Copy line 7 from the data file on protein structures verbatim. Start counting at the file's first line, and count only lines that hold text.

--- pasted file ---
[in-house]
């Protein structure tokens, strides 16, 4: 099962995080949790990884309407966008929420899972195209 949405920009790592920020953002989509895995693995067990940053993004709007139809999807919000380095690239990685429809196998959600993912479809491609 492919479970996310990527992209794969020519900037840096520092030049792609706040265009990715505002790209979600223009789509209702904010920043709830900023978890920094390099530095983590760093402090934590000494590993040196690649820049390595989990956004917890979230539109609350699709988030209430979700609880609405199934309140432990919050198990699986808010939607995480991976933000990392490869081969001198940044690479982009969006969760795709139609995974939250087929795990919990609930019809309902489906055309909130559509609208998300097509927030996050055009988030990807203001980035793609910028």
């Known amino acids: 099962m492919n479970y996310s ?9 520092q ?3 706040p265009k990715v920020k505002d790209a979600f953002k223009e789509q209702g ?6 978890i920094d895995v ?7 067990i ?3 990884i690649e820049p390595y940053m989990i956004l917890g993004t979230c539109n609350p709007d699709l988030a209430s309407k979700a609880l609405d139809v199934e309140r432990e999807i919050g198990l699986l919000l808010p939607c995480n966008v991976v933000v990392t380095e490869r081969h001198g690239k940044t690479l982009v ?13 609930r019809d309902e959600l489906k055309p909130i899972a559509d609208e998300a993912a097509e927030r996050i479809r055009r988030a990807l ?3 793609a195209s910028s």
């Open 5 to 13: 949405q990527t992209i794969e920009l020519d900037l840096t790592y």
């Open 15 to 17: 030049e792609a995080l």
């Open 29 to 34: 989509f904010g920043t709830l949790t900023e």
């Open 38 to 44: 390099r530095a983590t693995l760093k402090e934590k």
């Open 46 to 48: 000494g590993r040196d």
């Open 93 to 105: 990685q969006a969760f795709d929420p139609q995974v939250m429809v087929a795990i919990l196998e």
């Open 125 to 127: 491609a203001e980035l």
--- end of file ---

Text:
């Open 38 to 44: 390099r530095a983590t693995l760093k402090e934590k």